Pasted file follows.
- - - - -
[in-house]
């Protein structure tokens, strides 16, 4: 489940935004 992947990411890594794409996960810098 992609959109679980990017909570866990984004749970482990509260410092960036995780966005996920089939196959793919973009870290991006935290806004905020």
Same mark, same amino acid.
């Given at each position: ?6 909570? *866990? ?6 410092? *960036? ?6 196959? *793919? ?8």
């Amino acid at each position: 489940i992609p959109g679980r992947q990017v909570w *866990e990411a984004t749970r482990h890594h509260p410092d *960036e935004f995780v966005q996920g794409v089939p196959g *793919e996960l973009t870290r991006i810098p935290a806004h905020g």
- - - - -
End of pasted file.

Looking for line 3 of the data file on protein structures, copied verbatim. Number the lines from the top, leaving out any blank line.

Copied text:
Same mark, same amino acid.